On February 28, the NOAA Chesapeake Bay Office, which manages the Chesapeake Bay Interpretive Buoy System (CBIBS), welcomed regional scientists and observation network experts to talk about how they currently use data from CBIBS—and how they might in the future. Buoy system managers and technical experts will use this feedback to help guide future evolution of CBIBS capability. What follows is a brief summary of the day.
NOAA Chesapeake Bay Office Director Peyton Robertson welcomed the group and highlighted why he thinks CBIBS is important.
CBIBS Program Manager Doug Wilson provided a brief history of CBIBS and a technical overview of the CBIBS system.
Presentations by NOAA scientists showed examples of how CBIBS data are currently being used:
- Using CBIBS Data in Fisheries/Ecosystem Modeling (including a look at long-term data, trends), Howard Townsend, NOAA Chesapeake Bay Office
- Data-Quality Evaluation by Comparison with In Situ Measurements, Peter Bergstrom, NOAA Chesapeake Bay Office
- Remote-Sensing Validation (salinity, total suspended solids), Chris Kinkade, NOAA CoastWatch East Coast Node
- National Weather Service’s SWAN Model, Carrie Suffern, NWS WFO Baltimore/Washington
After the presentations, Doug Wilson asked the group how else they use CBIBS data. Examples included:
- Maryland Department of Natural Resources and others want to incorporate CBIBS data into dynamics of a dead zone, especially with the Gooses Reef and temporarily deployed profilers that take measurements vertically, to explore how oxygen varies across the channel in response to weather events, etc. They noted that CBIBS provide critical information on weather over water. They also use it for safety for their field crews.
- Howard Townsend (NOAA Chesapeake Bay Office ecosystem modeling) highlighted its use in predictive models for oyster restoration—how will it be affected by instances of increased freshwater flow then sedimentation.
- Greg Garman (Virginia Commonwealth University) noted that CBIBS data will be useful in a Virginia harmful algal bloom study they are involved in along with other institutions.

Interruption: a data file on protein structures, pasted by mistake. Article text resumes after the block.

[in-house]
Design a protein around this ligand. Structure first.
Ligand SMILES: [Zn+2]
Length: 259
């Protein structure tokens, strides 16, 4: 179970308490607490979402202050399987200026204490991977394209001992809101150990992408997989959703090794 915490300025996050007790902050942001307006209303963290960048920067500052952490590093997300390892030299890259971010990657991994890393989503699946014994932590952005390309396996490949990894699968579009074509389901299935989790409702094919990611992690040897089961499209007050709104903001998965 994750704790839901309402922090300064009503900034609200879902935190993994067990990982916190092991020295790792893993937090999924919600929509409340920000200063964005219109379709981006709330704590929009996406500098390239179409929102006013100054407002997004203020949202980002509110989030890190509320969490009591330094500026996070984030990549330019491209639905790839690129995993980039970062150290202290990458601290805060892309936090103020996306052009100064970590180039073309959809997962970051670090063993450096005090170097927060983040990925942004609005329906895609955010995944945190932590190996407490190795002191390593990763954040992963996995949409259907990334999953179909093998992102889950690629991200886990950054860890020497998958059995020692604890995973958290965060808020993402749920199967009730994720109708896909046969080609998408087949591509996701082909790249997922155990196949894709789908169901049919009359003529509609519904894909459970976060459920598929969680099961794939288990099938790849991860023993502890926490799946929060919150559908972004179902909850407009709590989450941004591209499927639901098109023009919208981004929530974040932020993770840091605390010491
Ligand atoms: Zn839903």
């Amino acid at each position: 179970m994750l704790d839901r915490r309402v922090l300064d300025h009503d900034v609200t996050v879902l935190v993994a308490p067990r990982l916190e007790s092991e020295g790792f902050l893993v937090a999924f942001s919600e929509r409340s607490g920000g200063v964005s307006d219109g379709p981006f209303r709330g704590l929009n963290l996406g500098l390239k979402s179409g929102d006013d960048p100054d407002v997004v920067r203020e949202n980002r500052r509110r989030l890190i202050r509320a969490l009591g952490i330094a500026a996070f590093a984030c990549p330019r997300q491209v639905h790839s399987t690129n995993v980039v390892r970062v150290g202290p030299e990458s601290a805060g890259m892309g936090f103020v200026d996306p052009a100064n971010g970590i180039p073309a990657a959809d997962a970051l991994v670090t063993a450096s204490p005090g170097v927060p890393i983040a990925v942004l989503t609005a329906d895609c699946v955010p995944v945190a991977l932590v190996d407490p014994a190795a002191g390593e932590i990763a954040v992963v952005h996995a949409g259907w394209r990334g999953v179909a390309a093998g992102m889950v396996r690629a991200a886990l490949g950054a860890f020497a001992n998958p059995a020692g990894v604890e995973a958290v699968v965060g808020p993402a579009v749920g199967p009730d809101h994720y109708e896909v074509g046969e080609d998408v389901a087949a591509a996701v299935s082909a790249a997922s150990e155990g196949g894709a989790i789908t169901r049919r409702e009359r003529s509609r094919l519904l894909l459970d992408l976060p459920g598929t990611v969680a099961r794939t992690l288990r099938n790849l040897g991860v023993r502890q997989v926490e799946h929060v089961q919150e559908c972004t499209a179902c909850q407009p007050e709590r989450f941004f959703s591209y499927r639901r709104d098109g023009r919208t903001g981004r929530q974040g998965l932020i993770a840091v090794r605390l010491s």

- Ming Li (National Centers for Environmental Prediction) noted the utility of CBIBS data in modeling, noting it could be used in the sea nettle model to ensure operability of the model. He mentioned they are working toward hypoxia model as well. He wants to incorporate CBIBS data into CBOFS models. He says CBIBS is critical to validate and assimilate data into ecological forecasts.
The group discussed data deliver and some issues the CBIBS team can work on.
- Anne Wright (Virginia Commonwealth University) requested email notification when the James River buoy fish finder detects tagged sturgeon swimming by. CJ Pellerin (NOAA Chesapeake Bay Office information technology) is working on a solution.
- Steve Zubrick (National Weather Service Weather Forecast Office Baltimore/Washington) discussed how helpful it would be to have real-time query (data updated more frequently than the currently standard 10 minutes)—not all the time, but it would be very helpful on some critical occasions when they’re hungry for actual info—e.g., if they’re on the cusp of issuing a severe weather warning, etc.
The group talked about “what do we need from CBIBS” including data accessibility, QA/QC issues, suitability of present locations, new sensors, and the potential for collaboration.
- The concept smaller buoys would enable moving the robust buoys to deeper water/additional scientifically needed sites in the mainstem.
- New sensors: visibility (in air), rainfall rate
- Raleigh Hood (University of Maryland Center for Environmental Science) noted it would be useful to have automated trimming of data spikes (e.g., drops in salinity at Annapolis) that we are pretty sure are glitches and not real data.
- Data to study spikes (wind, wave height): one-minute resolution would really help to clear up data anomalies. This would support research possibilities. Companion for ASOs. Steve Zubrick expressed a concern of meteorologists that they have actually lost data sources over the past few months. Can buoys start recording one-minute wind and wave data when there is an active severe thunderstorm warning?
- Bill Boicourt (University of Maryland Horn Point Lab) wants a buoy just north of Rappahannock Shoals (in about 145 feet of water)—important as it’s the oceanographic gateway to the upper Bay.
- NCBO needs to document how the data is treated.Is it possible to contract out some of the QA work? Maybe to NESDIS or NODC? Could they create a discrete project—implementing a quality control rule?
- Can we do these internally—need advice from users—work with people to increase the quality while we strive to keep the buoys operating.